Video is a powerful medium for conveying ideas. When your customers want to understand something, showing exact actions is clearer and easier to follow along with than lengthy lists of steps or long paragraphs of text.
Using video in your knowledge base can supplement written answers with engaging, visual mini-demonstrations that increase accessibility for all skill levels and across language barriers. Let’s explore when and why you should use video in your knowledge base — along with tips and tricks to enhance your content.
When to use video in your knowledge base
As customers have greater access to decent broadband internet speeds, video becomes a more practical, appealing, and expected option. Research says that 72% of customers prefer video over text when learning about a product or service.
Social media, mobile phones, chat tools, email, and CRM tools are increasingly focused on making video easily embeddable and viewable in their platforms. Customer experience thought leader Shep Hyken says:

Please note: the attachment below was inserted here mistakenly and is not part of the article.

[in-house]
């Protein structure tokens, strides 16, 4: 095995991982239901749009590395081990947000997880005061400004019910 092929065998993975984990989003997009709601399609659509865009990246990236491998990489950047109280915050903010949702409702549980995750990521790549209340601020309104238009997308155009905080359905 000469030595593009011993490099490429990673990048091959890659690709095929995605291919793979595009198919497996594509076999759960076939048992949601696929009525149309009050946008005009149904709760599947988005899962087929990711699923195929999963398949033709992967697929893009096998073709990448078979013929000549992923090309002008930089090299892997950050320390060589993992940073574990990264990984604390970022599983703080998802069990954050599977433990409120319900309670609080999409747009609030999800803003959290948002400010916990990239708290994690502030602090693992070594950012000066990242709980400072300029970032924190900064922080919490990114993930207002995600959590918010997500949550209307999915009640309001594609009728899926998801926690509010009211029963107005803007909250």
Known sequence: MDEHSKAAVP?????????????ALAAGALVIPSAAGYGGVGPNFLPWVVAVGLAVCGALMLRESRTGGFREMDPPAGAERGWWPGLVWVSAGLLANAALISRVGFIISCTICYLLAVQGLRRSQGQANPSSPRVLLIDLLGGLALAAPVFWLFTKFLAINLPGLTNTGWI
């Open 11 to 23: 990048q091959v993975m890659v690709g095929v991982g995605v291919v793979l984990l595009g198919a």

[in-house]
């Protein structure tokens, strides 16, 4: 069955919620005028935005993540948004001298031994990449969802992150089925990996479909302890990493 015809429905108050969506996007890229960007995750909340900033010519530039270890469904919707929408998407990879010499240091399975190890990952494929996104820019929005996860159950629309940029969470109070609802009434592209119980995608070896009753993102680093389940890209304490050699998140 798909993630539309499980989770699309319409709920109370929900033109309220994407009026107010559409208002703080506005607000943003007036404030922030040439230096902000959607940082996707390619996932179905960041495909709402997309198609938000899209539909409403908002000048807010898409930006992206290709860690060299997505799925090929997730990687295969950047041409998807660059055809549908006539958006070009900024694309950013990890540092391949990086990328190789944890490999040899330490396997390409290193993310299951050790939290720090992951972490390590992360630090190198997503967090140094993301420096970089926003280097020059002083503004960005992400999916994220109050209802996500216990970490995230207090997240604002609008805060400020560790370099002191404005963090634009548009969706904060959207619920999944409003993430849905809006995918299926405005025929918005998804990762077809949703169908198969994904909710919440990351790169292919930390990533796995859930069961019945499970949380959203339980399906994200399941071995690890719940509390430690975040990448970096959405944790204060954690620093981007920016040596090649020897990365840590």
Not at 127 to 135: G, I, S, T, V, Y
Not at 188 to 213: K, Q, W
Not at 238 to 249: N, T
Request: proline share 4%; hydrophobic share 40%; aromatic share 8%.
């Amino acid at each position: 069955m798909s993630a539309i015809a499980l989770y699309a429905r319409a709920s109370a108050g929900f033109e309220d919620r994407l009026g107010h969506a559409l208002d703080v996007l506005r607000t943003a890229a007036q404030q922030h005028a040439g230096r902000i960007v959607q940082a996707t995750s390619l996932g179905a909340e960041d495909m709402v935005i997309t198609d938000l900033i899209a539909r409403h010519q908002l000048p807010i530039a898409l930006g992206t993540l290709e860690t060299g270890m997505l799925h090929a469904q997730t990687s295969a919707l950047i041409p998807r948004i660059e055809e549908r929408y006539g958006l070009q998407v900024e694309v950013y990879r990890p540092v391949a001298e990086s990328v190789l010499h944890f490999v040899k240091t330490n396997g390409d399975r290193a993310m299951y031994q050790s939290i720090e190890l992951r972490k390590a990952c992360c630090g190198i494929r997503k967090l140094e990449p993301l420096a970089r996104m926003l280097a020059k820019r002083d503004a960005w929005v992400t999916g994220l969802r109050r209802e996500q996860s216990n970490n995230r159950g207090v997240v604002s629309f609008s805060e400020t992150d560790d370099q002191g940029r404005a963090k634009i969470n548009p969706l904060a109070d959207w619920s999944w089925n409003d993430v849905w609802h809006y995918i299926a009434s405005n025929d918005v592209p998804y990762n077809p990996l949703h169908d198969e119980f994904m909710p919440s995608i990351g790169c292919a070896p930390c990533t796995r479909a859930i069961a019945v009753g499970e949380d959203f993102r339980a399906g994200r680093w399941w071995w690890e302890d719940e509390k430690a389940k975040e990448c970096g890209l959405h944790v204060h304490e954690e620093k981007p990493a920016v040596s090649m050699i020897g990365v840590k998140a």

The content is easier to show than to describe. Video can explain steps more naturally and fluidly than text or screenshots can. Lengthy lists of steps or a complex task can be cumbersome for the customer to follow along with. A good example is describing how to tie a bowtie; the manual motions are much easier to show than to describe
The content is frequently visited. Invest video production time into answering common questions where the effort will pay off many times over, and create space for your team to focus on the more challenging, less-common issues.
You want to create an emotional reaction to your content. Conveying emotion is easier through video, and creating a positive emotional reaction to your business helps build customer loyalty and trust.
The content changes infrequently. For use cases where a part of your product doesn’t change often, a video can provide significant benefit to your users by being referenced and reused often. Investing the time to have a nicely produced, visually interesting video is well worth it in these cases.
You’re documenting frequent changes. Not all video content needs to be highly produced and long term. Small, easily replaced or updated videos can be a powerful tool for illustrating product changes, particularly if you don’t need to update a voiceover at the same time.